A top U.S. lawmaker slammed the Air Force's handling of its weather satellite program Thursday, saying it would have been easier for the government to simply set the money on fire.
"We could have saved the Air Force and the Congress a lot of aggravation if we had 18 years ago put a half a billion dollars in a parking lot in a pile and just burned it," said Rep. Mike Rogers, R-Ala., at a hearing of the House Armed Services Committee, held to discuss military acquisition reform.
"In all, the Air Force spent well over a half-billion dollars on this satellite — $518 million to be specific," he said.
The Ccongressman criticized the Air Force’s handling of the Defense Meteorological Satellite Program, or DMSP, a string of satellites that have been providing weather data for the military since 1962.
In 1997, the service built the next satellite to be launched, dubbed DMSP-F20. But it was never — and still has not been — sent into space.
"They promptly put it in a storage facility, for so long that the Air Force ultimately had to pay industry to upgrade it because it was antiquated," Rogers said.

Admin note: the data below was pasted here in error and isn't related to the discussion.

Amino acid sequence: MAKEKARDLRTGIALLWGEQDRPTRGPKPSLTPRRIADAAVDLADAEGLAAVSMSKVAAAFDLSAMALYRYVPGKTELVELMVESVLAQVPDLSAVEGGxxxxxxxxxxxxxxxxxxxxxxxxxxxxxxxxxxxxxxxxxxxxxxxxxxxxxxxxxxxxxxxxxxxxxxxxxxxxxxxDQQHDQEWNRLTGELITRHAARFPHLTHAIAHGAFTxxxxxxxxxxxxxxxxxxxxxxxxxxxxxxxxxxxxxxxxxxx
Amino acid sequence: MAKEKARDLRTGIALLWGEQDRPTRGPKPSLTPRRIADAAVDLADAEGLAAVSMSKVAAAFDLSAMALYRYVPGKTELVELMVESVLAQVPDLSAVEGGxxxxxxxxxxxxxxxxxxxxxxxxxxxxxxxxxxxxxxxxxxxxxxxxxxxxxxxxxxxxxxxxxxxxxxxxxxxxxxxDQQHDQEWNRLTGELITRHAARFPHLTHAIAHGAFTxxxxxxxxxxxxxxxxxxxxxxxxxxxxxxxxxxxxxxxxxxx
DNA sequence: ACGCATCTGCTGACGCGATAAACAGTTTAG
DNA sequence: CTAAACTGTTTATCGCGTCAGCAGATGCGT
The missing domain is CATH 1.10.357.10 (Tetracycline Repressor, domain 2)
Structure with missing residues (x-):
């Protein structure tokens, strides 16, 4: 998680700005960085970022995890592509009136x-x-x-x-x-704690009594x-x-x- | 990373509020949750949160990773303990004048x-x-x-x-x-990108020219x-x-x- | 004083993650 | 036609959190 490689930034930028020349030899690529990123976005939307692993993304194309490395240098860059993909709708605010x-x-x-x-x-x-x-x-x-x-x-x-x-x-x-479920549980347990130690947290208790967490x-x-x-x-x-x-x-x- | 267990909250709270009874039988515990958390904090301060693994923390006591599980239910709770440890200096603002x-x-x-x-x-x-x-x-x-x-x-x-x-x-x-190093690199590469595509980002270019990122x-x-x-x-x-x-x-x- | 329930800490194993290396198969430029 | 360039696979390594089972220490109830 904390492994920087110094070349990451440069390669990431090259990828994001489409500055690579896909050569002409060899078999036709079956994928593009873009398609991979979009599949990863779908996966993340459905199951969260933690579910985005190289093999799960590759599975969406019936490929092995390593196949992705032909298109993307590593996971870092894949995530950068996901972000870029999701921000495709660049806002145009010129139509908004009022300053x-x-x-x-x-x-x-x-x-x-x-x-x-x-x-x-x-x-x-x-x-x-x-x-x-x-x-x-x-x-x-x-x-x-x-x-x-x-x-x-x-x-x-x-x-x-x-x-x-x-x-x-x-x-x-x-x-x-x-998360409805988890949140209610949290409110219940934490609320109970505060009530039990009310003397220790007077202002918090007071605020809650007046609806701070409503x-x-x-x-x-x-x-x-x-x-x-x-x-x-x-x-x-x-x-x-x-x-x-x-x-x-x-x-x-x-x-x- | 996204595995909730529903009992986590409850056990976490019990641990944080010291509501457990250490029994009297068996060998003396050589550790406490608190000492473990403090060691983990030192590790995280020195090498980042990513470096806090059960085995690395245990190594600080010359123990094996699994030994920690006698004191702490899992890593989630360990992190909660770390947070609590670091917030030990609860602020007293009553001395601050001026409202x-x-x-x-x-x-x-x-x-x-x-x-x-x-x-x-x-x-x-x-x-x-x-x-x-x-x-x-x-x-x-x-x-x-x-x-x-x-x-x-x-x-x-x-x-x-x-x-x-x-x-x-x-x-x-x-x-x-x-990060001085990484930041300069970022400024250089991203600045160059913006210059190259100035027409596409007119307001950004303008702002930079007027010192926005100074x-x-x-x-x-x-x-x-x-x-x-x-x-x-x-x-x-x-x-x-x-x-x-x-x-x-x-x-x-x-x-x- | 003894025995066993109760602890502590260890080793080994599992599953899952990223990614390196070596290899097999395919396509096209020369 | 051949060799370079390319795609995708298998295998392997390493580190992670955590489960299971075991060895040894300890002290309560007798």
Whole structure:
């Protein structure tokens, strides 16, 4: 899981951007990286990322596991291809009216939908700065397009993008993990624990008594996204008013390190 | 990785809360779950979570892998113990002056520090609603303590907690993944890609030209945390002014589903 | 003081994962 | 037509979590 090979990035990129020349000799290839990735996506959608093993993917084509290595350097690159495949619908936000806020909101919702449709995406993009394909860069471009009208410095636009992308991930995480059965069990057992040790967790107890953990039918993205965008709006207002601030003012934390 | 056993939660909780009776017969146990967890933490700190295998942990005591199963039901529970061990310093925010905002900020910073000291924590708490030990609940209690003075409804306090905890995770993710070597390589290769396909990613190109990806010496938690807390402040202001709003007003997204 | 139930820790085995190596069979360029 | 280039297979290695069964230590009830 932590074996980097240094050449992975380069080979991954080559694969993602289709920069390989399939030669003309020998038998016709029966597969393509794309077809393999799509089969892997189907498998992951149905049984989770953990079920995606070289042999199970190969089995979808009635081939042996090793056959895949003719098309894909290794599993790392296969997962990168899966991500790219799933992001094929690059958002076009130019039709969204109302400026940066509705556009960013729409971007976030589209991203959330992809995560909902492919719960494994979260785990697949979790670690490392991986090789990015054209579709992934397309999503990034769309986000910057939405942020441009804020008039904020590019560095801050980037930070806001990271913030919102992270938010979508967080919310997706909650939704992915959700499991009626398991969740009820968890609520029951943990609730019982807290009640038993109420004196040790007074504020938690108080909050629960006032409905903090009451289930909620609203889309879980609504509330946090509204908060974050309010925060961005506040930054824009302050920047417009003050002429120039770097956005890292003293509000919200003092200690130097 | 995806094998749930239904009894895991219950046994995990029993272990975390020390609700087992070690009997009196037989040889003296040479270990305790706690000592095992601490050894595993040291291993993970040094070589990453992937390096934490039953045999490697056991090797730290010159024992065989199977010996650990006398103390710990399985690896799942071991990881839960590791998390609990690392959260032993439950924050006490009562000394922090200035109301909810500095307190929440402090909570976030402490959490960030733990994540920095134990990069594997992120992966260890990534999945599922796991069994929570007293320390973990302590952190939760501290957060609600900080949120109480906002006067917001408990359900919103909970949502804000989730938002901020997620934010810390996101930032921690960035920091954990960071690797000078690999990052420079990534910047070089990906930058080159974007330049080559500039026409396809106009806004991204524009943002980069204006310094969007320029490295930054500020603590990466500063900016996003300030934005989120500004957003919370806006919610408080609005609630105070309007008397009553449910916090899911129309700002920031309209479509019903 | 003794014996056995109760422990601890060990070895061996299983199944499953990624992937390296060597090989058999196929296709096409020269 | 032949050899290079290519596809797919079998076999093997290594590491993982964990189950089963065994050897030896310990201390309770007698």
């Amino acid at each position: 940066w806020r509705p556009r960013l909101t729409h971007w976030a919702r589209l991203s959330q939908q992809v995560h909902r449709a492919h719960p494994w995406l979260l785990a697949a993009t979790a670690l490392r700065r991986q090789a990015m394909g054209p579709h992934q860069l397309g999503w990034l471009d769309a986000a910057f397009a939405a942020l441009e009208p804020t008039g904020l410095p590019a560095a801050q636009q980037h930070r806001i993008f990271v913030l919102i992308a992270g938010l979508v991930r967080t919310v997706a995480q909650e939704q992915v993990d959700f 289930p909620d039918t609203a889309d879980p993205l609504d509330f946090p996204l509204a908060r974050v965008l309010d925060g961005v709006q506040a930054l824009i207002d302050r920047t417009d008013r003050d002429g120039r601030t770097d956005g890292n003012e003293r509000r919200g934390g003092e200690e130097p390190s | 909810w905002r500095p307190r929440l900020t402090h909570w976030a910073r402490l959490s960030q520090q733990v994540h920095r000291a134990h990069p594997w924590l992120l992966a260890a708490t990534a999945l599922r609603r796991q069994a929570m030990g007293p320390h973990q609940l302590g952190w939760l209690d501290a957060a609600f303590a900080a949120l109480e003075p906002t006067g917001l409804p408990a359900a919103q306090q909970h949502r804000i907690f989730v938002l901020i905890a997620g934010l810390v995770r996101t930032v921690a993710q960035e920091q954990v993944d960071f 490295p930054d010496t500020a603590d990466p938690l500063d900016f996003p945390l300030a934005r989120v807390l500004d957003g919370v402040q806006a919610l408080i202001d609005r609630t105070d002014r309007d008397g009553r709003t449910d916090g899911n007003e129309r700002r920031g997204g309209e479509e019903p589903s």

He grilled Richard Lombardi, acting assistant secretary of the Air Force for acquisition, arguing that the service had spent millions of dollars just to keep the satellite in storage.
"We spent $500 million that could have been used to support national security. Instead, it's going in the trash. I presume it's going to be made into razor blades," Rogers said of the satellite.
Lombardi admitted that the satellite was mishandled, but said it was a rare mistake from the service.
"The DMSP-20, the example you pointed out, is an unfortunate one, in which — you're absolutely correct — is that we have at a point we are not going to be able to execute that satellite," he told the committee.
The Air Force, however, "has a tremendous understanding of the entire space business and we are dedicated to continue to being able to provide that capability for our nation," Lombardi said.
But Rogers said the armed services committee had little confidence to believe the Air Force could handle space acquisition programs, and said instances like the satellite make it more difficult to secure funding for the Pentagon in a time of fiscal austerity.
"This committee fights with the full Congress constantly trying to get adequate defense spending," he said. "This kind of example kills us. This is just an inexcusable waste."